Targeting Journalists in Iraq

Monday, March 31, 2003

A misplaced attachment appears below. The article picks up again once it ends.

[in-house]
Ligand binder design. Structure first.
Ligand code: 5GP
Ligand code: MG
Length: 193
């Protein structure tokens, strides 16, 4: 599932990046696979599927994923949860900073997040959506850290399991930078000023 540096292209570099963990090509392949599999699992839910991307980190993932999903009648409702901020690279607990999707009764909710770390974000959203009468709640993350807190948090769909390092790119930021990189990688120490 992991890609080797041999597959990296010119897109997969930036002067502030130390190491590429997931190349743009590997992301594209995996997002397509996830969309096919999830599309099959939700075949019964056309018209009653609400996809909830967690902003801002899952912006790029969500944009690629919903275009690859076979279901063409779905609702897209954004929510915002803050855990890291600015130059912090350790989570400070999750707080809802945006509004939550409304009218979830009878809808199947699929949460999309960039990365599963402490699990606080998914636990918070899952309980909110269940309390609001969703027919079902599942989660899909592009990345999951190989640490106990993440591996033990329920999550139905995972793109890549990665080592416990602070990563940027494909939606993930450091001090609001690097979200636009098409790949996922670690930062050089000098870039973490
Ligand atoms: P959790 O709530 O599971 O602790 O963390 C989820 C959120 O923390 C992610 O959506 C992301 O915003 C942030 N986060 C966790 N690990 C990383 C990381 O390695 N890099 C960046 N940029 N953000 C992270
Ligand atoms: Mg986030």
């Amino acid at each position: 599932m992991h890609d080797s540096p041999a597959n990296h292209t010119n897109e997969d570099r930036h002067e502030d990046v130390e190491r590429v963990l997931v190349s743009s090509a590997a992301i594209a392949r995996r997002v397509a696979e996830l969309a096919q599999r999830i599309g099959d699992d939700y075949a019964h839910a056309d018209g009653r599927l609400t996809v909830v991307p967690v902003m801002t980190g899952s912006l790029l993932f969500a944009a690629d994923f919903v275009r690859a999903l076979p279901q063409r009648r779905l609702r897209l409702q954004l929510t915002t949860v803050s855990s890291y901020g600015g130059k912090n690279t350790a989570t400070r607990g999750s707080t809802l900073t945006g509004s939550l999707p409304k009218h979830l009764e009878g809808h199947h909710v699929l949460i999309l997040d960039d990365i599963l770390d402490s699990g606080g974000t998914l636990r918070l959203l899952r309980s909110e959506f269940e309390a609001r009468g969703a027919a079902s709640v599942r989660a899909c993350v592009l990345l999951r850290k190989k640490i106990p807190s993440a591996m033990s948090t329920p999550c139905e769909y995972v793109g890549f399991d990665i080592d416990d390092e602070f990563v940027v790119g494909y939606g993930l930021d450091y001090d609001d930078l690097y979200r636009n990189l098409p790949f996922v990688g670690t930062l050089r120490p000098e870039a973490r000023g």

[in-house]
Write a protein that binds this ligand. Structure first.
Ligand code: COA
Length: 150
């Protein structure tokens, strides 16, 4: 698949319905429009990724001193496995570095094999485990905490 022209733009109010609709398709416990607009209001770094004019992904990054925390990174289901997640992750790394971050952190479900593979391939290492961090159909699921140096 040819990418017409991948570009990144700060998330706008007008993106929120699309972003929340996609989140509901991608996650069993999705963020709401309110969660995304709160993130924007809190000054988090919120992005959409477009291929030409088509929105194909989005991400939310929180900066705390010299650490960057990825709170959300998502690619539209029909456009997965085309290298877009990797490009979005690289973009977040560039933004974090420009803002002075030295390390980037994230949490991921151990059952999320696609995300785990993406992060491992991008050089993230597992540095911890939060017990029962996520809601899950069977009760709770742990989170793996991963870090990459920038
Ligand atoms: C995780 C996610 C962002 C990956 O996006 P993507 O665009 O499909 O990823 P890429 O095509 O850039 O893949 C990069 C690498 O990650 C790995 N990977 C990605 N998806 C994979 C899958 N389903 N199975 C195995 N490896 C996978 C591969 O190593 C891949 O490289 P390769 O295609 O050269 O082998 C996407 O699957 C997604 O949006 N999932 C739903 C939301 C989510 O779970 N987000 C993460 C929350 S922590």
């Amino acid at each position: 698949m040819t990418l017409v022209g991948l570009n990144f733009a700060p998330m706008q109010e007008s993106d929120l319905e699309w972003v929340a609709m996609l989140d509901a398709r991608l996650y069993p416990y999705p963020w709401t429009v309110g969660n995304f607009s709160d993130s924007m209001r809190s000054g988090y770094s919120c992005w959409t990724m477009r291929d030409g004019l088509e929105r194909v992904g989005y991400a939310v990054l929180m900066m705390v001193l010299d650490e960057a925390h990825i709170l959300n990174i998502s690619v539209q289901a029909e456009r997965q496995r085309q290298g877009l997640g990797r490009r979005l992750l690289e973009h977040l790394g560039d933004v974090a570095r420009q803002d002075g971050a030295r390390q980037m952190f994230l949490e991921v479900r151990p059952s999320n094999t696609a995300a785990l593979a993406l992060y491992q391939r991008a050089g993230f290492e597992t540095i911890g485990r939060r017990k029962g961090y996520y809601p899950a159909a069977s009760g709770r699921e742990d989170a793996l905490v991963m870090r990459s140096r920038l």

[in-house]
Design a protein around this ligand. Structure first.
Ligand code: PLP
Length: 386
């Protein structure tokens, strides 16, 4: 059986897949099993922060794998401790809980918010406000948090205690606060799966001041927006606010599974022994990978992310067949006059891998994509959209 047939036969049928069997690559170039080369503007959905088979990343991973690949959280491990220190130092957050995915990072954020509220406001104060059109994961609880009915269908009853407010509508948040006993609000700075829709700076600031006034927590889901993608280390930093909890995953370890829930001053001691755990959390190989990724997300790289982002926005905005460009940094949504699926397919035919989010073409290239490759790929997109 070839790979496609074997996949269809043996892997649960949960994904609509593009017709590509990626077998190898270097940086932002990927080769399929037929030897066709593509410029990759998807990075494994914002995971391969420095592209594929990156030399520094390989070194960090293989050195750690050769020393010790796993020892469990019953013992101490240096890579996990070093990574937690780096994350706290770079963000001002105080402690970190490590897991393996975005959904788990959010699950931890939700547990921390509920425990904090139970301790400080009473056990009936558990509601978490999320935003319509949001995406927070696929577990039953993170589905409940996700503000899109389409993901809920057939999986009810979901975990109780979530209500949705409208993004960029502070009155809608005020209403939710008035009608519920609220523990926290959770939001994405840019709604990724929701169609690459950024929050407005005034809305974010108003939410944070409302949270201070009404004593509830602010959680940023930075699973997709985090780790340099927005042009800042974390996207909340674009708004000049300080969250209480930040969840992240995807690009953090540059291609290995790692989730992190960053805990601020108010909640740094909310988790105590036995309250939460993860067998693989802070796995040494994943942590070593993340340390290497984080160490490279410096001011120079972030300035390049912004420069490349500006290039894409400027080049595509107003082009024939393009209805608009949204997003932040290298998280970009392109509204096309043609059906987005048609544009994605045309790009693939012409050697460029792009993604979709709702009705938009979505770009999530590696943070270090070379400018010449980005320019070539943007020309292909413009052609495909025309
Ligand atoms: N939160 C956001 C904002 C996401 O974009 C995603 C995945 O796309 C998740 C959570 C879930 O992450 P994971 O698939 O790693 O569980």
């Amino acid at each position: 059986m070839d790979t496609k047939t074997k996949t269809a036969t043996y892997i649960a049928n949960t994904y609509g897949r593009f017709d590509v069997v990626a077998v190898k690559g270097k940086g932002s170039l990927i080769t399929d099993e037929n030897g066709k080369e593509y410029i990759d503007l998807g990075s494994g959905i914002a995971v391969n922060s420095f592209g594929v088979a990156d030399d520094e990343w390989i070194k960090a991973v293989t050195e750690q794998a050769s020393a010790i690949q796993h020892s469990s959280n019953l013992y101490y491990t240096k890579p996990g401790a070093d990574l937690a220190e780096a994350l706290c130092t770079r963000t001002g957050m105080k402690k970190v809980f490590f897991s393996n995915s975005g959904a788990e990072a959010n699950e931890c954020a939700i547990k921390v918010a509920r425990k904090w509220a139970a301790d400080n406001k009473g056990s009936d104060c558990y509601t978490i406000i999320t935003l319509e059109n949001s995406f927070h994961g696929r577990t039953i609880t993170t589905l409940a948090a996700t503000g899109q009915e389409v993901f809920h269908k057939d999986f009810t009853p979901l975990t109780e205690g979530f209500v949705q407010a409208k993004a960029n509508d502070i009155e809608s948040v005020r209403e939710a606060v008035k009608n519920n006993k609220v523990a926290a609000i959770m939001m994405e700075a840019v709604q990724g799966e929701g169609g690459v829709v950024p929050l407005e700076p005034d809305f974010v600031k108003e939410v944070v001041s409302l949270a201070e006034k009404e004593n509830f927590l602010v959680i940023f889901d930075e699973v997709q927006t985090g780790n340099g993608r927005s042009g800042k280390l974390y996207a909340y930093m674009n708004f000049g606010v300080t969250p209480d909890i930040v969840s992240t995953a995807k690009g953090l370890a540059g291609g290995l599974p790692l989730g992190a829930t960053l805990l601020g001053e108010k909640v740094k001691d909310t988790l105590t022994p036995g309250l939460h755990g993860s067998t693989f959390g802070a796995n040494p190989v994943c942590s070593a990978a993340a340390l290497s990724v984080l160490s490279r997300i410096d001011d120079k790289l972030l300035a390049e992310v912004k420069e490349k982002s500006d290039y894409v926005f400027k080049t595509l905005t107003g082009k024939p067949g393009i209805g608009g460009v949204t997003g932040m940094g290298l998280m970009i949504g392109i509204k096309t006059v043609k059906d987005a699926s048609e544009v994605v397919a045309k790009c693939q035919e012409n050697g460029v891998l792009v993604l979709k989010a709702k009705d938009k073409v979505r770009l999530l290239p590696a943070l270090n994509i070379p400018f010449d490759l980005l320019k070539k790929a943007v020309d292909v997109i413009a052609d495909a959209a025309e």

Canadian Journalists for Free Expression (CJFE) expressed dismay today at the alarming number of press-freedom violations against journalists covering the conflict in Iraq. "The war enters its third week with an unacceptable number of attacks on journalists just doing their jobs," CJFE Executive Director Joel Ruimy said. "All sides involved in the conflict would do well to remember that journalists are in the service of their readers, viewers and listeners around the world; they are entitled to fair and humane treatment as they struggle to cover the war." The CJFE statement comes after several distressing reports from the war zone, which has already claimed the lives of at least two journalists, Britain's Terry Lloyd and Australian Paul Moran. Among the incidents that have sparked concern: # U.S. troops expelled four journalists from Iraq this past weekend after alleging they were spies. But yesterday, the journalists -- Israel's Dan Scemama of Channel 1 TV and Boaz Bismuth of the daily Yediot Ahronot, along with Portugal's Luis Castro and Victor Silva, both of Radio Televisao Portuguesa -- said they were detained and mistreated for 72 hours by U.S. soldiers. # Two U.S.-based journalists missing in Baghdad are thought to be in the custody of Iraqi authorities. The Iraqi government said reporter Matthew McAllester and photographer Moises Saman, both of the New York daily Newsday, were deported last week for visa irregularities. But neither has been seen since March 24 and they have not been in touch with Newsday. Colleagues in Baghdad said there is reason to believe they are in the custody of the Iraqi government. # U.S. journalist Caroline Glick of the Chicago Sun Times and the Jerusalem Post was, while in Kuwait earlier this month, pressured by Kuwaiti officials into signing an undertaking not to file stories to her employer in Israel while in Kuwait. # NBC fired journalist Peter Arnett today after he provided an interview to state-run Iraqi TV. Arnett apologised for doing the interview but was still terminated by his employer, which initially defended his action. # Four journalists remain missing. Johan Rydeng Spanner, a freelance photographer with the Danish daily Jyllands Posten, and Molly Bingham, a U.S. freelance photographer, were last seen in Baghdad nearly a week ago being escorted by Iraqi officials from the Palestine Hotel. ITV News cameraman Fred Nerac and translator Hussein Othman were last seen in southern Iraq on March 22 when their car came under apparent Coalition fire in the attack that killed Terry Lloyd. "In all these cases, there is an alarming tendency to run roughshod over reporters," Ruimy said. "I urge all journalists to monitor the treatment of their colleagues and to speak out when there is abuse." CJFE is an association of more than 400 journalists, editors, publishers, producers, students and others committed to preserving press freedom and freedom of expression in Canada and around the world. For more information, contact Joel Ruimy at (416) 515-9622 e-mail: [email protected]

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